Iowans can check the status of their absentee ballot on the Iowa Secretary of State’s website.
Did you request an absentee ballot, but plan to vote in person?
Voters who requested and received an absentee ballot but did not return it before Election Day have two options. They can return the completed absentee ballot to their local county auditor’s office by 8 p.m. Tuesday. Keep in mind: Voted absentee ballots cannot be returned to a polling location on Election Day.
Voters also still have the option to vote at a polling location on Election Day, provided they have not already voted absentee. A voter can surrender their absentee ballot at the polls and vote via a regular ballot on Election Day. If the person can’t surrender their absentee ballot, such as in cases where they have misplaced the absentee ballot, they can cast a provisional ballot at the polling site.
Voting on Election Day
Those planning to cast their ballot on Election Day should know that voting locations will be open from 7 a.m. to 8 p.m. on Nov. 8. Polls close an hour earlier than in the previous general election because of new laws.
Polling places are determined by a person’s home address, and recent redistricting may have changed some Iowan’s precincts. Find your polling location on the secretary of state’s website.
Accessibility at voting locations
Assistance is available for people with disabilities at voting locations. Inside each polling location, voters can ask for assistance in reading and marking a ballot. Two precinct election officials, one from each political party, may assist a person with their ballot, but a voter is allowed to request others help them as well, barring their employer, employer’s agent or an agent of their union. If someone other than a precinct election official provides assistance, that helper must sign the Affidavit of Voter Requesting Assistance.
Additionally, each location has a voter assist terminal, machines with have touch screen, audio component, and sip and puff elements, which can be used to select candidates. The device marks a voter’s ballot according to their selections, and is available to any voter.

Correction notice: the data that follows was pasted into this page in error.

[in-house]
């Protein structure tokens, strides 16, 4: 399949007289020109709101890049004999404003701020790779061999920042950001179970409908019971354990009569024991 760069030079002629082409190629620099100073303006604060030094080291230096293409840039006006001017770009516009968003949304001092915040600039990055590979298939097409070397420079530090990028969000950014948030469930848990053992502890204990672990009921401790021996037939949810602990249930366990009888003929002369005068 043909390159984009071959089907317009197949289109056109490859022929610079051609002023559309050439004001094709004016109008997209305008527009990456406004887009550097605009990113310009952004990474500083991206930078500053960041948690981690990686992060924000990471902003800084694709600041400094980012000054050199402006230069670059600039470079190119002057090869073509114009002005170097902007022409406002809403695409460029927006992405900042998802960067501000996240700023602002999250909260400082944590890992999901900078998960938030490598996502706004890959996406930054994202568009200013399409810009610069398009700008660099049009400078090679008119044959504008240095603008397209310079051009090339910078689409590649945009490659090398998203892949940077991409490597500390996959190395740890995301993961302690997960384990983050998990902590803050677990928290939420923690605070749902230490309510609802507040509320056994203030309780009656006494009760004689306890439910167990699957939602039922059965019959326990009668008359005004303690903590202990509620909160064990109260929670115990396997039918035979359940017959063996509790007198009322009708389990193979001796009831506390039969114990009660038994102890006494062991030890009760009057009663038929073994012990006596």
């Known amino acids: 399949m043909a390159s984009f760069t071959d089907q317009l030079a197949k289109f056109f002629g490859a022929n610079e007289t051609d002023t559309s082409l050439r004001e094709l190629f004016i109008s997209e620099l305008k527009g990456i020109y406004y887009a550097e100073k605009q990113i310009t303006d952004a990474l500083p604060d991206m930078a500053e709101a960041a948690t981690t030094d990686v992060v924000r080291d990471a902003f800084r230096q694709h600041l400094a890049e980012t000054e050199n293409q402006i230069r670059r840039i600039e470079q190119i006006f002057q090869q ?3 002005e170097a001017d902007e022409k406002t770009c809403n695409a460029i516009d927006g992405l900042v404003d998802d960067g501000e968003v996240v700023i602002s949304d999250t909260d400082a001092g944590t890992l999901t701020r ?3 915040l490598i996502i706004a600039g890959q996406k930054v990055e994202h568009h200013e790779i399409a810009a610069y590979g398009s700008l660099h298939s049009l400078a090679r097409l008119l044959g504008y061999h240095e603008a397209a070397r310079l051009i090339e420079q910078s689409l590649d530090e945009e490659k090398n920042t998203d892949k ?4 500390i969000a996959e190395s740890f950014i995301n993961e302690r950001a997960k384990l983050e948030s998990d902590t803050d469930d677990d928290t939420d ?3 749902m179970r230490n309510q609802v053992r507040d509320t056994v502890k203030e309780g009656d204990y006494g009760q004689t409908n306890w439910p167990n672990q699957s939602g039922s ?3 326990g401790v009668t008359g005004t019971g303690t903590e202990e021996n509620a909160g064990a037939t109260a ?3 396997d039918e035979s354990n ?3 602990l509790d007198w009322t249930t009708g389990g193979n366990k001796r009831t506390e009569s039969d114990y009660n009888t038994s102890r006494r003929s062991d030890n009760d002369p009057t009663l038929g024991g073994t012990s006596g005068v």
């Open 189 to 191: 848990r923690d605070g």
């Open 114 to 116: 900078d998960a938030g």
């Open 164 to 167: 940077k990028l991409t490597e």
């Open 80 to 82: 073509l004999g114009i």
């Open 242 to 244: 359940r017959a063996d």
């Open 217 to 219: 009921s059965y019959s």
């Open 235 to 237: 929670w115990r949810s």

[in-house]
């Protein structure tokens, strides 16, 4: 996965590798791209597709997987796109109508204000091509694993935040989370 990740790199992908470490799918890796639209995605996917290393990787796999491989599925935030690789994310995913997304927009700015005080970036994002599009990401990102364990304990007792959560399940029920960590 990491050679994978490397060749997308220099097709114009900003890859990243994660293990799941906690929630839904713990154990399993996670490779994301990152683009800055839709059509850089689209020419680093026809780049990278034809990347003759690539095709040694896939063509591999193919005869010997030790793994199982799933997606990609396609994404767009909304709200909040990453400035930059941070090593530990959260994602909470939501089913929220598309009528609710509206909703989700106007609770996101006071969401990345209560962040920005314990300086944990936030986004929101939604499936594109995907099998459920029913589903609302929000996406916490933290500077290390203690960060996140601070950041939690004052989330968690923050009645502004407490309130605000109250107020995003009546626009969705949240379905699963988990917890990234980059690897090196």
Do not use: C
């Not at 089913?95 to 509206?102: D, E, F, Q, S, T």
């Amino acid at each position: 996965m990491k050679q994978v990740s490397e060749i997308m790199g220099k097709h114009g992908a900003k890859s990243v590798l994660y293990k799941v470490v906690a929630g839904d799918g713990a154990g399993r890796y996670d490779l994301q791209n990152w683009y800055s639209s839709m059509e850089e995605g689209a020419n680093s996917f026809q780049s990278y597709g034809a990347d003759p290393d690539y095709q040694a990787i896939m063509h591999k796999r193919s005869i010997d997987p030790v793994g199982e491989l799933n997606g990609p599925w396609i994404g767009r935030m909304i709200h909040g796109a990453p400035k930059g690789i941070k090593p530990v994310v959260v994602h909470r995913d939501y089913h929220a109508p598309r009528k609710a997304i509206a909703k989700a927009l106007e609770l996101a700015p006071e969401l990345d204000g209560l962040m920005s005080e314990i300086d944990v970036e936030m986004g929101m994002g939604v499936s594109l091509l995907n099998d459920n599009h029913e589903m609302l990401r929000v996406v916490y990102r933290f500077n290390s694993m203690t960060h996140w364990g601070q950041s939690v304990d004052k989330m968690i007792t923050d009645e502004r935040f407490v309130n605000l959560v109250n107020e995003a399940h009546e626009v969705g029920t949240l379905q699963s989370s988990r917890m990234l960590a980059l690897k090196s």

If someone isn’t able to physically enter their polling location to vote because of a disability, precinct election officials from each party will take a ballot and election supplies out to a person’s vehicle, where they can fill out their ballot. People who are unable to leave their vehicle to vote must sign the Affidavit of Voter Requesting Assistance.
No advance notice is necessary for curbside voting, but the Iowa Secretary of State’s office recommends people who plan to vote in their cars to call ahead to their local county auditor’s office, or to bring another person with them so officials can assist them quickly.
Who’s on the ballot?
There are two federal races and six statewide races on Iowa ballots in the midterms, in addition to state legislative, county and judicial elections. Learn more about the candidates in the state’s major races here.
There’s also a state constitutional amendment Iowa voters will weigh in on: the “Keep and Bear Arms Amendment.” The proposed amendment would hold laws restricting the right to firearms to strict scrutiny, a higher legal standard. Any laws passed to restrict the sale, use and possession of firearms would need to fit a “compelling governmental interest” or be struck down.